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ORIGINAL ARTICLE Table of Contents   
Year : 2013  |  Volume : 6  |  Issue : 2  |  Page : 96-103
A comparative study of the effects of asan, pranayama and asan-pranayama training on neurological and neuromuscular functions of Pondicherry police trainees


1 Department of Physiology, Mahatma Gandhi Medical College and Research Institute, Pondicherry, India
2 Advanced Centre for Yoga Therapy, Education and Research, Pondicherry, India
3 Department of Physiology and Advanced Centre for Yoga Therapy, Education, and Research, Jawaharlal Institute of Postgraduate Medical Education and Research, Pondicherry, India
4 Department of Medicine, Division of Neurology, University of Toronto, Toronto Western Research Institute, Ontario, Canada
5 Department of Physiology, Pondicherry Institute of Medical Sciences, Pondicherry, India

Correspondence Address:
Ananda Balayogi Bhavanani
Advanced Centre for Yoga Therapy, Education and Research, Jawaharlal Institute of Postgraduate Medical Education and Research, Pondicherry - 605 006
India
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Source of Support: None, Conflict of Interest: None


DOI: 10.4103/0973-6131.113398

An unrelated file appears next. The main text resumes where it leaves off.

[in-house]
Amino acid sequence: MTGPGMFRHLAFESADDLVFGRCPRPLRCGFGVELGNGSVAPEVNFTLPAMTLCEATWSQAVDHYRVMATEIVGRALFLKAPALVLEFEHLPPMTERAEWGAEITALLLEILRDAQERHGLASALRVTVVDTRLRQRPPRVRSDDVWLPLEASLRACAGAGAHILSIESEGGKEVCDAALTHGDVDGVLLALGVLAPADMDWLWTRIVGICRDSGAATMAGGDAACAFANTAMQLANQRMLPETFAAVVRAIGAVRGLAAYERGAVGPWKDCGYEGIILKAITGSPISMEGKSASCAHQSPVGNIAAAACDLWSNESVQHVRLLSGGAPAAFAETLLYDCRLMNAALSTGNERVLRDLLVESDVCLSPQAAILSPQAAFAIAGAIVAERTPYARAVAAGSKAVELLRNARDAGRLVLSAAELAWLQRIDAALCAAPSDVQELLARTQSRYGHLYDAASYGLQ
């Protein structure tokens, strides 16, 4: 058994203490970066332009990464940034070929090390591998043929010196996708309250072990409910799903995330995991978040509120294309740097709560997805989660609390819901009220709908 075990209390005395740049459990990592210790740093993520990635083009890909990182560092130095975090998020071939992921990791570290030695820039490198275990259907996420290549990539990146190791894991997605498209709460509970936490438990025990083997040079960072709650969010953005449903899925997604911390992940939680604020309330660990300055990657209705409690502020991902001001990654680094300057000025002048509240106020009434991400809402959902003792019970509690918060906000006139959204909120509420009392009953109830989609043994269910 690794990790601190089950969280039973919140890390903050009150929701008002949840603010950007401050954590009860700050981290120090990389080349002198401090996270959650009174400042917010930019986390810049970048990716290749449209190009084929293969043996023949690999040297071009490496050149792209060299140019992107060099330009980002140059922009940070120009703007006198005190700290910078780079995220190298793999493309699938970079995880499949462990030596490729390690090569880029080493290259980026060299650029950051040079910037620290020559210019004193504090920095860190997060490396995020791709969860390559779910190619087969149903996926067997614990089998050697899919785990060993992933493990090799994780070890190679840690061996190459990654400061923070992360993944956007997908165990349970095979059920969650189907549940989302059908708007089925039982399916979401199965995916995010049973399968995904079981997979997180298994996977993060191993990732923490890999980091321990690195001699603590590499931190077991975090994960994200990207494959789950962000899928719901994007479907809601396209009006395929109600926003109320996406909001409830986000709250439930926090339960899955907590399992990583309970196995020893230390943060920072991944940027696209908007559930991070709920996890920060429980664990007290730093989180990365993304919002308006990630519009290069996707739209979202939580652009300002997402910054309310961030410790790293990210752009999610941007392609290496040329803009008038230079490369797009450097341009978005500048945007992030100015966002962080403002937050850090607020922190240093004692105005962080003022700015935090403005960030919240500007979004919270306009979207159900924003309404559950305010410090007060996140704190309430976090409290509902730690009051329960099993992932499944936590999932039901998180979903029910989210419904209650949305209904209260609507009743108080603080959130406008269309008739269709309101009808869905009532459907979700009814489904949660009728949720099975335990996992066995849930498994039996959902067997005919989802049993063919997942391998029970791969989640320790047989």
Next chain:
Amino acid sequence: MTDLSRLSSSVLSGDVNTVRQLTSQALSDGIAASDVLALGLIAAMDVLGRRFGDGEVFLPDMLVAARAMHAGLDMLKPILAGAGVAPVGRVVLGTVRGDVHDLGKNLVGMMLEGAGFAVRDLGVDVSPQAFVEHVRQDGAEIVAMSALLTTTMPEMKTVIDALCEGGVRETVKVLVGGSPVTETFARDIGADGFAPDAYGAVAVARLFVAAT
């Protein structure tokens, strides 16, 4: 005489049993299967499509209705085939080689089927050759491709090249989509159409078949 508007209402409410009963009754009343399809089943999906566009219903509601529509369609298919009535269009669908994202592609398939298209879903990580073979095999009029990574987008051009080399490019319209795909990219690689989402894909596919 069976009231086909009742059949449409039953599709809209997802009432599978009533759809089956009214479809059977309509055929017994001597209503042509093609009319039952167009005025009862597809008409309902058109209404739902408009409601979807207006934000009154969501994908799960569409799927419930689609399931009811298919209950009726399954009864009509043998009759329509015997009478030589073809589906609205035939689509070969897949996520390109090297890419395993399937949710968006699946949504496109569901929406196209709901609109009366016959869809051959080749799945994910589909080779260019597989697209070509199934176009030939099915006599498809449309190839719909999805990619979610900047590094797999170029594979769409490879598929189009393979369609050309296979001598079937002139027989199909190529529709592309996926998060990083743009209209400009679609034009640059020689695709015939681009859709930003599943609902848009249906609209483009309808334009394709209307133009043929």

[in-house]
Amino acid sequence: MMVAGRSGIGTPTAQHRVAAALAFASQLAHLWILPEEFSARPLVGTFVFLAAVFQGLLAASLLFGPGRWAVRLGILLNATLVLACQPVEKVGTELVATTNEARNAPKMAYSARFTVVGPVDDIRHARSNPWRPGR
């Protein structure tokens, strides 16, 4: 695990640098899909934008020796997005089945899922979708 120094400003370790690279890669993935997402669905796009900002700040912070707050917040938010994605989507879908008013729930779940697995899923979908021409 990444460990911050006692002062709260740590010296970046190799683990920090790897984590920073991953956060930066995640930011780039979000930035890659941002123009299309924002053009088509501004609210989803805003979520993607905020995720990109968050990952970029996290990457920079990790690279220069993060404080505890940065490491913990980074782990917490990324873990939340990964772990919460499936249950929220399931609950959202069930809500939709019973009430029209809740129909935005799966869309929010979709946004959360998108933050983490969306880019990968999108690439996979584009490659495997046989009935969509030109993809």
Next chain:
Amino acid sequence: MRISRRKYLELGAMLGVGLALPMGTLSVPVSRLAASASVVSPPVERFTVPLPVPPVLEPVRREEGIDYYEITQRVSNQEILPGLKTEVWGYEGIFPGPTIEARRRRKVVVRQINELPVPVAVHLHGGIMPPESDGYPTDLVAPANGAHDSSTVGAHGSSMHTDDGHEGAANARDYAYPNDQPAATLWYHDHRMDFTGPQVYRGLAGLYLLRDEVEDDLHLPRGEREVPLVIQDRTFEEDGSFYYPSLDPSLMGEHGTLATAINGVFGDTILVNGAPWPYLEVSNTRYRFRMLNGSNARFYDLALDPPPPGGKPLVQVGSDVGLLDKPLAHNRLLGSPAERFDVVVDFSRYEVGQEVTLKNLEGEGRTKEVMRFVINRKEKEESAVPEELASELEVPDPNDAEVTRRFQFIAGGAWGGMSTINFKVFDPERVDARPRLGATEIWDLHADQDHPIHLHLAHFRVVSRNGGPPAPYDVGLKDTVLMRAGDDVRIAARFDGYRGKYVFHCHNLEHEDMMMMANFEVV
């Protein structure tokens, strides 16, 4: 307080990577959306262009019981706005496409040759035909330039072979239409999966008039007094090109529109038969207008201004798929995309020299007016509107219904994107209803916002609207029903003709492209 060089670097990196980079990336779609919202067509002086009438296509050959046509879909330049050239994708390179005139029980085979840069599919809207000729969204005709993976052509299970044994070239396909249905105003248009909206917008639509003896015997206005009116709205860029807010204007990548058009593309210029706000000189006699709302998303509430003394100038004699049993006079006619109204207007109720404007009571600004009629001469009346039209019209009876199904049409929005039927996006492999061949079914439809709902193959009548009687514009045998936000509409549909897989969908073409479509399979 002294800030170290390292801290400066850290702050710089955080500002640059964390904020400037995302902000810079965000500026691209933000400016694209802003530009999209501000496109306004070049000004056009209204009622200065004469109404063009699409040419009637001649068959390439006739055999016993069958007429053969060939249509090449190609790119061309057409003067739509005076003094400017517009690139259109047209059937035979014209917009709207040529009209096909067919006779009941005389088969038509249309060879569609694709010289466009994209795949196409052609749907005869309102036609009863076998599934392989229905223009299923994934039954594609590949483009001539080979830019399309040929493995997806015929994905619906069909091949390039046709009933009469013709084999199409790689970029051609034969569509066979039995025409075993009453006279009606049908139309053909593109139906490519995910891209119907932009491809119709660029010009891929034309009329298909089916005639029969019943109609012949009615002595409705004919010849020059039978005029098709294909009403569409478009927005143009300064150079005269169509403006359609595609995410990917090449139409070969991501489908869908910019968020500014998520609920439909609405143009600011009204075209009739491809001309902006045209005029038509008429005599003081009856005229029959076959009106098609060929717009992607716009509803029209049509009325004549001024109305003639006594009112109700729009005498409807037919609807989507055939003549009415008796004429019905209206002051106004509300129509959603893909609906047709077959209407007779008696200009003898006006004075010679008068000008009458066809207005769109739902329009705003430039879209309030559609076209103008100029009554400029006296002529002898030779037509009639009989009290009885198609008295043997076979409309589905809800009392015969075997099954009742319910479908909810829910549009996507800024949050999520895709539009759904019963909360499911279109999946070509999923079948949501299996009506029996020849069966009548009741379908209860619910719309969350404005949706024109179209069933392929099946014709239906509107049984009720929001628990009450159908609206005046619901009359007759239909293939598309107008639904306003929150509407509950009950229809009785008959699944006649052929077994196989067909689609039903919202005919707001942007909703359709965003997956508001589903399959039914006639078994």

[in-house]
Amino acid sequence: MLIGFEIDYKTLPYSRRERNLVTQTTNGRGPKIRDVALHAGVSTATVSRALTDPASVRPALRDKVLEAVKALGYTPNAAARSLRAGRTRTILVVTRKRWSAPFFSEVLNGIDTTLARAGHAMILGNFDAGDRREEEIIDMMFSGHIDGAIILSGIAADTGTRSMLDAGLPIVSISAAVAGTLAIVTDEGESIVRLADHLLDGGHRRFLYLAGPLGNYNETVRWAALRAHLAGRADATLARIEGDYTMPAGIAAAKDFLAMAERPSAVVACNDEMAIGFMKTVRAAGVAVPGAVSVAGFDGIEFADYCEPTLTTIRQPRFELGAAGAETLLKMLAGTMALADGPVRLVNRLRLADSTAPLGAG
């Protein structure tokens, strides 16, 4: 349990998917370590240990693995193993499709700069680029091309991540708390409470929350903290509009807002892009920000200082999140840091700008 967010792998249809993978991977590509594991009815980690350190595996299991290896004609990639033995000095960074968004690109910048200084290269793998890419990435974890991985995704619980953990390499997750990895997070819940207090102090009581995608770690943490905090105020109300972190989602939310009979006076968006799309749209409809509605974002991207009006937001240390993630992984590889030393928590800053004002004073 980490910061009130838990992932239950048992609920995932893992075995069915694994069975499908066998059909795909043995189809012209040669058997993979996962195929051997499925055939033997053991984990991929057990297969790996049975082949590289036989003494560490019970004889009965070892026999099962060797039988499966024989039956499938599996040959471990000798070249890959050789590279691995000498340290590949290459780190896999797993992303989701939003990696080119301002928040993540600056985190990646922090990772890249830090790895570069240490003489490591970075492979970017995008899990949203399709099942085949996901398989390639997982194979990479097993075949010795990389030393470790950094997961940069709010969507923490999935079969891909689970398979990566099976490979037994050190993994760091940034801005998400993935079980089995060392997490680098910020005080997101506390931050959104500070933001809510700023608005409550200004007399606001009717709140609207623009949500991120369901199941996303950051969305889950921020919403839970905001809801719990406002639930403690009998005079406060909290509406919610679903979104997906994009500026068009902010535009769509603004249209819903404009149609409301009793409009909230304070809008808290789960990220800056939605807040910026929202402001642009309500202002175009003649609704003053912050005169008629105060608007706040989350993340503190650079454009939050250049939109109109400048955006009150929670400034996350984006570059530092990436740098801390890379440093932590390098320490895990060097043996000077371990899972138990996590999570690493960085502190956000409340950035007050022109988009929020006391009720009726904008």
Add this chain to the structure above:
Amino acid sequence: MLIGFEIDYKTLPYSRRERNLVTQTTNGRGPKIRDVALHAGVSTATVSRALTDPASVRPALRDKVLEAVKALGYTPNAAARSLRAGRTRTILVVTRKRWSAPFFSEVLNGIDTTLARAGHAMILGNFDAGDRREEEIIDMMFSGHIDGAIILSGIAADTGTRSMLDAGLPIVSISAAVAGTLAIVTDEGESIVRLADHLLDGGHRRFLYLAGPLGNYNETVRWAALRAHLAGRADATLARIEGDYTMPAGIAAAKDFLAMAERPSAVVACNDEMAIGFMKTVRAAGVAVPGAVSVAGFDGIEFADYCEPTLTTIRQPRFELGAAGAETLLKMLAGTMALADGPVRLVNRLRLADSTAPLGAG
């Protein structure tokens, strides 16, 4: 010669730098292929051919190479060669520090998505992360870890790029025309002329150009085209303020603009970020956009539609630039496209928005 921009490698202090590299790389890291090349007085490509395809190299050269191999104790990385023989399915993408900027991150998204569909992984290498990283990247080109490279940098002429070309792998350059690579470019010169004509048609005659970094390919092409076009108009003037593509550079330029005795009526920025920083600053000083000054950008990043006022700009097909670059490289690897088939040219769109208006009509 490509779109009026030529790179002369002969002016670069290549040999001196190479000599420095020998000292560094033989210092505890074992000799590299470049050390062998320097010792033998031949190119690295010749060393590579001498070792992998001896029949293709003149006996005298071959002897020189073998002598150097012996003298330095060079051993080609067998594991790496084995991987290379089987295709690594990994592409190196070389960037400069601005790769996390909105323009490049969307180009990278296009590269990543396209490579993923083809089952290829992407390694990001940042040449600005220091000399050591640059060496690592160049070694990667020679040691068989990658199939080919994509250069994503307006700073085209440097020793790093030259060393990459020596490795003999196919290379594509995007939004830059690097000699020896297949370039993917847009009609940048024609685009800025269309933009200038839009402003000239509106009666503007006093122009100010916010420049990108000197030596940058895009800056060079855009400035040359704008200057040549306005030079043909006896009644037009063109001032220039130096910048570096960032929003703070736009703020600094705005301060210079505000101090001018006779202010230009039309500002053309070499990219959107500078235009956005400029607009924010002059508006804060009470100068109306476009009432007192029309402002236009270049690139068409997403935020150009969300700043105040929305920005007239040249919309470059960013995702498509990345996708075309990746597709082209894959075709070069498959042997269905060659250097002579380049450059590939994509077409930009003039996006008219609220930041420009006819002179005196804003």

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Background: Though neurological benefits of yoga training have been reported, lacunae still exists in understanding neurophysiological effects of such training. Hence, the present study was conducted to find the effect of yogasanas and pranayams on neurological and neuromuscular functions in healthy human volunteers and also determined differential effects of training in asan, pranayama and their combination. Materials and Methods: Eighty male trainees from Pondicherry Police Training School were randomly divided into asan, pranayama, and asan-pranayama groups who received a training of 4 days a week for 6 months and a control group. Electroencephalogram (EEG), nerve conduction (NC), electromyogram (EMG), visual evoked potentials (VEP), and auditory reaction time (ART) were recorded before and after the study period. NC, EMG, and VEP data were obtained from 28 subjects; EEG data from 48 subjects; and RT from 67 subjects. Intergroup differences were assessed by AVOVA/Kruskal-Wallis and intragroup differences by Student's t-test. Results and Discussion: Police trainees showed beneficial effects of yoga training, although they were undergoing intensive police training and the yoga training was relatively less intense. Alpha, theta, and total power of EEG increased as a result of asan training. A shortening of visual reaction time and a decrease in red-green discriminatory reaction time signifies an improved and faster processing of visual input. They also showed a decrease in resting EMG voltage, signifying better muscular relaxation following pranayama training. Beta, theta and total power of EEG increased. ART and red-green discriminatory reaction times decreased in the trainees, signifying a more alert state as well as improved central neural processing. A combination of asan and pranayama training for 6 months produced an improvement in motor and sensory nerve conduction. Total power of EEG, alpha and theta power as well as delta % increased, while reaction time decreased signifying an alert and yet relaxed state of the neuromuscular system. Summary and Conclusion: The present study has shown that 6 months training in asan, pranayama as well as their combination is effective in improving physiological functions of police trainees. They showed beneficial effects of yoga training, although they were undergoing intensive police training and the yoga training was relatively less intense. Hence, we recommend that yoga training be introduced in police training curricula.


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